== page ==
I come away from this experience reflecting on the degree to which my culture’s general perception of teachers – the pointdextery stereotype, the ever-correcting, bespectacled arbiter of content, the veritable robot at the head of the line of desks – is fundamentally off-target.  We should be aiming for teachers who embody the Granny Cloud – or Grandaddy Cloud, or Ungendered Encouraging Older Person Cloud, if you prefer – always encouraging, always challenging, always praising effort and learning – things which people of all generations and all levels of tech-comfort can certainly recognize and appreciate.

In closing, I wanted to post a link to this post, a product of a blogger who is in no way my geekier, less education-focused alter-ego.  It treats on technology’s nature as a human product – not the terrifying force which will replace us; our tool, not our successor – as long as we know how to use it, and how to keep it in perspective.

On iPads and EduTech in General

Having just spent some time sampling Jeff Utecht’s thoughts on computing/information tech devices in schools (beginning here and meandering on to here), I find my own thoughts on the subject trying to land in a specific part of my brain so I can get them down in blog form.  This process is aided/complicated by the fact that in the professional seminar I’m attending this Fall, we all just got issued iPad Minis.  I say issued in italics because it just seems to warrant that extra dramatic touch.

Let me nail down a few facts (yes, the underline was necessary) about the iPad.

1.  It has no keyboard.  Oh, you can type with it – but the technique required would make my dear sweet computer skills teacher from 3rd grade (back in the early 90s) faint with horror.  I’m not sure elementary-aged kids would even recognize the term “hunt and peck” these days.  Maybe it’s a phrase that’s disappearing.  I’m not saying this is a bad thing – in fact, I’m not evaluating this state of affairs at all, at least in an objective sense; I’ll not hesitate to say that I personally loathe trying to type on a touch-screen.  My point is that if you’re expecting kids to learn to type on an iPad, you’re dreaming.  One final point, though: there are quite a few dictation apps available that I’m only starting to play with.  I almost wrote this very post with Dragon Dictation in my car as I drove home from class today, but I ran into the following problem:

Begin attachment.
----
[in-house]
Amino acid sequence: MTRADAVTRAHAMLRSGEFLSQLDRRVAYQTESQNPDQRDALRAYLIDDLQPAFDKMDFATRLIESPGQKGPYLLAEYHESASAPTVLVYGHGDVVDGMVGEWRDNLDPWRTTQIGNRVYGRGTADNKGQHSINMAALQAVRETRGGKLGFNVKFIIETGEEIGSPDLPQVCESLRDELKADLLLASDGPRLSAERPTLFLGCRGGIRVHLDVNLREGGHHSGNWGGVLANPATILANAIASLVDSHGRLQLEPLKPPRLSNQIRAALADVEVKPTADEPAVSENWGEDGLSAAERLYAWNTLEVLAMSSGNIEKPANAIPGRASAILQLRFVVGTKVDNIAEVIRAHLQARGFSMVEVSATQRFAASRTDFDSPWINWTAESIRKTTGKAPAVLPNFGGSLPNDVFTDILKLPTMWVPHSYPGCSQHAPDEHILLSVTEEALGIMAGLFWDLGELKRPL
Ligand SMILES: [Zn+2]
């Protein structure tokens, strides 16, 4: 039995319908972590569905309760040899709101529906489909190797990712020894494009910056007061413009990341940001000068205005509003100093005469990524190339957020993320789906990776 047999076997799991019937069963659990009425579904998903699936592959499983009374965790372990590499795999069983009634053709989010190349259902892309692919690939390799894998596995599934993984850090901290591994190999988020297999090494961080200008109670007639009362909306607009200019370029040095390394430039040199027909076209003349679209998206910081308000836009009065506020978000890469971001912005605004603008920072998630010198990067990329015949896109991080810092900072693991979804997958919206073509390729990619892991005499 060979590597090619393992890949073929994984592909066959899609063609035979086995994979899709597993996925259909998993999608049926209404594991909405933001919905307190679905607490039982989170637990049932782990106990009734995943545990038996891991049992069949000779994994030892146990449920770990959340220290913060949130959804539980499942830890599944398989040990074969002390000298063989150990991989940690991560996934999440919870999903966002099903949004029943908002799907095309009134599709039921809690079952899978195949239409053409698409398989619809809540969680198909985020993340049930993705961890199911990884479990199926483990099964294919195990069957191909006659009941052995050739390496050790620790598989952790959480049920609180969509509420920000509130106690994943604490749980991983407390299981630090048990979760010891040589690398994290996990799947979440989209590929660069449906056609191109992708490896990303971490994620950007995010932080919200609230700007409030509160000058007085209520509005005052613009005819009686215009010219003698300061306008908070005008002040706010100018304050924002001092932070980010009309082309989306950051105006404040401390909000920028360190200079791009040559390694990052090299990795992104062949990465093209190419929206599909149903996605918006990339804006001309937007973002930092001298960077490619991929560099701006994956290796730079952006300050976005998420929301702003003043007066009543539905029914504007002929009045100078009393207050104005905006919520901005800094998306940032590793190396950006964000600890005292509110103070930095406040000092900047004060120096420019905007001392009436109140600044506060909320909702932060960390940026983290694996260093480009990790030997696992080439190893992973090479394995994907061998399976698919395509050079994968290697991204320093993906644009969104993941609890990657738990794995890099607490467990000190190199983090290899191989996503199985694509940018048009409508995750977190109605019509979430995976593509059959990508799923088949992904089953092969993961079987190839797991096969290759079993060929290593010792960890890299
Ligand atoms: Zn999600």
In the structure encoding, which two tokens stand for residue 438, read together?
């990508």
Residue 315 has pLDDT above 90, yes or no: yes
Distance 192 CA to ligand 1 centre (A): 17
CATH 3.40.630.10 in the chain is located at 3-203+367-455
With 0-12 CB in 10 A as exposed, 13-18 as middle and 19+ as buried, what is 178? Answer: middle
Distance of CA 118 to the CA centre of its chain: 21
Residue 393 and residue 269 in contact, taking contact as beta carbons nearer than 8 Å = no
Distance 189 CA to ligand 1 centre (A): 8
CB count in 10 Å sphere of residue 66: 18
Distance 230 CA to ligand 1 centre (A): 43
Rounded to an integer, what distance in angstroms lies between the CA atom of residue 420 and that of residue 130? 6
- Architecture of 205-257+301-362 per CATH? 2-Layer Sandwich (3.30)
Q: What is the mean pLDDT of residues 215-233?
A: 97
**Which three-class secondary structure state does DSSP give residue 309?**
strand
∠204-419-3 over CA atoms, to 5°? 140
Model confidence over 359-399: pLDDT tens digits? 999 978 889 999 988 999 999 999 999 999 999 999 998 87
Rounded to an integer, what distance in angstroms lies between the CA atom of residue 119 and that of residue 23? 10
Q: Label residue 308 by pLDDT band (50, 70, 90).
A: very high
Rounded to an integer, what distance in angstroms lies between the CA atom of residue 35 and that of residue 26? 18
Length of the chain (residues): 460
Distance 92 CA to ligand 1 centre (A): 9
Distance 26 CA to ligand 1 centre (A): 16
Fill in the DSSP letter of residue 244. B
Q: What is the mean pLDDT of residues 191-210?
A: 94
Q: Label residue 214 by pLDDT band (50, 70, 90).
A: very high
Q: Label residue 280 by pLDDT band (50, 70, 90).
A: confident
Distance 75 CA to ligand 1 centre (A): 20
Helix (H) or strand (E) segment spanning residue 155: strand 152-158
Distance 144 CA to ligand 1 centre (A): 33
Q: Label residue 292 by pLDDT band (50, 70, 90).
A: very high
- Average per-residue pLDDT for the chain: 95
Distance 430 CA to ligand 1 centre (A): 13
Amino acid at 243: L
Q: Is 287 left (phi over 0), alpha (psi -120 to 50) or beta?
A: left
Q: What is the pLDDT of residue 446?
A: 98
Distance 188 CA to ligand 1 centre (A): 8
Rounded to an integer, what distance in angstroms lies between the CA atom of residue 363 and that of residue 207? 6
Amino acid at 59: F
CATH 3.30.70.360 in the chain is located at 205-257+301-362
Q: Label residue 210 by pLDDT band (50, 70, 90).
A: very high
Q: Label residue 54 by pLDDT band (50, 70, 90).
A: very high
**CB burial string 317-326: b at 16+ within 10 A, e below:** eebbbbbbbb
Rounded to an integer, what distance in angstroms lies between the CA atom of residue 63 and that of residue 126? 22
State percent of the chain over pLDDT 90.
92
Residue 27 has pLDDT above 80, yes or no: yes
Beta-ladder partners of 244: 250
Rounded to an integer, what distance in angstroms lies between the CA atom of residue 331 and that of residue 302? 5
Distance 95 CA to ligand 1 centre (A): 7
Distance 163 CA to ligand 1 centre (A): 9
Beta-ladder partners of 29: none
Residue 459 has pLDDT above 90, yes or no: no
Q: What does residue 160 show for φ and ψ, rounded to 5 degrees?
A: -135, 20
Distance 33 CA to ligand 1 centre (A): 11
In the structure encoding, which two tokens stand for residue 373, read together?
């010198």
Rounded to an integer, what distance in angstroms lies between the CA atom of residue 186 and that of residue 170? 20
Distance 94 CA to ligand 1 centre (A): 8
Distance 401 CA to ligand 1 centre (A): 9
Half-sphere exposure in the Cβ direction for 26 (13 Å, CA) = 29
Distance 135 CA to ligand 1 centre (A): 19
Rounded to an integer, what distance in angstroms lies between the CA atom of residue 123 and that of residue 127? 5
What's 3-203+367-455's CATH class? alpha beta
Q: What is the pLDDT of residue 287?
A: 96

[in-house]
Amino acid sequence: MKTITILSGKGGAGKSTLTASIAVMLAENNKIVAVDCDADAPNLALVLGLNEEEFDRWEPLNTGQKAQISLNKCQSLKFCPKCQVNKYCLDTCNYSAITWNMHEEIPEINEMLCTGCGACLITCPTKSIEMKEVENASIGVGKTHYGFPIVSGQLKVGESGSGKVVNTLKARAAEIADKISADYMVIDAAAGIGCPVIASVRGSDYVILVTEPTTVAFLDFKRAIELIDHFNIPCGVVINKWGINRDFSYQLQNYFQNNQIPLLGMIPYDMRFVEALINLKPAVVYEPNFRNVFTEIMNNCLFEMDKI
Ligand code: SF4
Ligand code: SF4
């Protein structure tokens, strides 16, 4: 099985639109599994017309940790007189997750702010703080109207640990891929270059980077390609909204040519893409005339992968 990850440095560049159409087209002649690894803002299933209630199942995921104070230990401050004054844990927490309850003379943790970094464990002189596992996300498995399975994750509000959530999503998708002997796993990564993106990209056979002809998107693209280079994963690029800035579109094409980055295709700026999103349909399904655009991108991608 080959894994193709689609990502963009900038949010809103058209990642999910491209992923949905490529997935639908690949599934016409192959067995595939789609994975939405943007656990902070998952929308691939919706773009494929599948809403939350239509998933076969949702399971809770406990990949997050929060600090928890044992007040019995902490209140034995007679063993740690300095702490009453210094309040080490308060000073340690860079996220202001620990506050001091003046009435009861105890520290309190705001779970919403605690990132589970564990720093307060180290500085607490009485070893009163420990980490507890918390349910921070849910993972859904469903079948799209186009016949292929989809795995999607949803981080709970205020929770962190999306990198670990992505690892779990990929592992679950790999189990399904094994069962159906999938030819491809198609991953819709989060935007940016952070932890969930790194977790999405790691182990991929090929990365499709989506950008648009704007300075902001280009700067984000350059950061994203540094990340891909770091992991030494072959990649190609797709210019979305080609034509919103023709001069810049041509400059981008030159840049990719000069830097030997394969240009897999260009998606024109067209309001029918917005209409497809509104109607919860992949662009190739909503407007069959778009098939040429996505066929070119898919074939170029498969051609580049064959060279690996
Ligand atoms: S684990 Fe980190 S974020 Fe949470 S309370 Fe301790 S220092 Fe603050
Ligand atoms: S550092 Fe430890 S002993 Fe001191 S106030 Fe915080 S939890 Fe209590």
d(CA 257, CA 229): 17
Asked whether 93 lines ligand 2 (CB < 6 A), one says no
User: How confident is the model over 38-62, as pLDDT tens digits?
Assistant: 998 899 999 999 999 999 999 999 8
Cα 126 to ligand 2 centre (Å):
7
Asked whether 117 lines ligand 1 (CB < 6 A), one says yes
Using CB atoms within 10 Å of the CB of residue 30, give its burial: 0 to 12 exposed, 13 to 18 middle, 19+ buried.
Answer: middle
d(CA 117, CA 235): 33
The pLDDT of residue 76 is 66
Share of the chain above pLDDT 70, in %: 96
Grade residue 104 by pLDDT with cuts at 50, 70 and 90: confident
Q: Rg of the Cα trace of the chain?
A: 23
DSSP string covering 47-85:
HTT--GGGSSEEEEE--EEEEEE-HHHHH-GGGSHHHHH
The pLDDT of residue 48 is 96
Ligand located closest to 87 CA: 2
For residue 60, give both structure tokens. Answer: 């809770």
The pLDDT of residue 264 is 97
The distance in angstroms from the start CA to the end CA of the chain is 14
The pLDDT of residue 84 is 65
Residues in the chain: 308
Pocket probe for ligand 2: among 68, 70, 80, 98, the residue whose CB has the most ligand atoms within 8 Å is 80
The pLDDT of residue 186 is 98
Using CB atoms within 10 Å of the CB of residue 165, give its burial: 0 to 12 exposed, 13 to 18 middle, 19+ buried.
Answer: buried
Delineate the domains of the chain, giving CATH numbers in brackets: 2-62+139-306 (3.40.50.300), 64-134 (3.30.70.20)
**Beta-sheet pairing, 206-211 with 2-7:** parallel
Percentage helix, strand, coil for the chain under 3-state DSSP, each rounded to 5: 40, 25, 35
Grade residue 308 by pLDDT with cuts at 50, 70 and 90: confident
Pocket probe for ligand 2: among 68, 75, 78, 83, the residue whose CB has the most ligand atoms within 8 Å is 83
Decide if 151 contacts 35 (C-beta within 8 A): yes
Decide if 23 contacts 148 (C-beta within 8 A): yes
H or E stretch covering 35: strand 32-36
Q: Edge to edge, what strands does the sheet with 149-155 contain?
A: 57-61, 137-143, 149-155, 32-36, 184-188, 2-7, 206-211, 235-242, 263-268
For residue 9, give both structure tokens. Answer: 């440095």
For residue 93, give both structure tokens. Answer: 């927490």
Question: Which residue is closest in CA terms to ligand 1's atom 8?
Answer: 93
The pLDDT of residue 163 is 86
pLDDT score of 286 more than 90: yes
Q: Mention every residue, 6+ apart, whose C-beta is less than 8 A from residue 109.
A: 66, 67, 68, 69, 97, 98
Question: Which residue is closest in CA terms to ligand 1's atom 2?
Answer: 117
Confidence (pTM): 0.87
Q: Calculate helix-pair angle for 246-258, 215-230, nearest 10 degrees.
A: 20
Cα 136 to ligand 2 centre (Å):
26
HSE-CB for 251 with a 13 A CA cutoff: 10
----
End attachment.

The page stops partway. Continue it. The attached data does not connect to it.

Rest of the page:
2.  Without wireless internet around, the iPad has approximately as much utility as a hand axe.  Am I using hyperbole to make a point?  Yes.  Is there truth behind what I say?  Also yes.  While there are many apps which work perfectly fine without any need for the internet, some of the most useful ones are hopelessly crippled when there’s not a wifi source nearby (including Dragon, which I mentioned above).  I find this ironic, since this confounded widget (he said, sounding not at all like an elderly backwoods curmudgeon) is supposedly meant to be an ultra-portable computer.  Put “portable” in quotes and you’re closer to the truth – to get the most out of this device, I have to be within ten feet of the service counter at a Starbucks.  Again: you can still use the iPad without wifi – and I have a feeling I will, which luckily means I can still take advantage of the video and audio recording tools which I’ll need for my work in the coming months.  But it’s clear the thing isn’t really designed for that paradigm.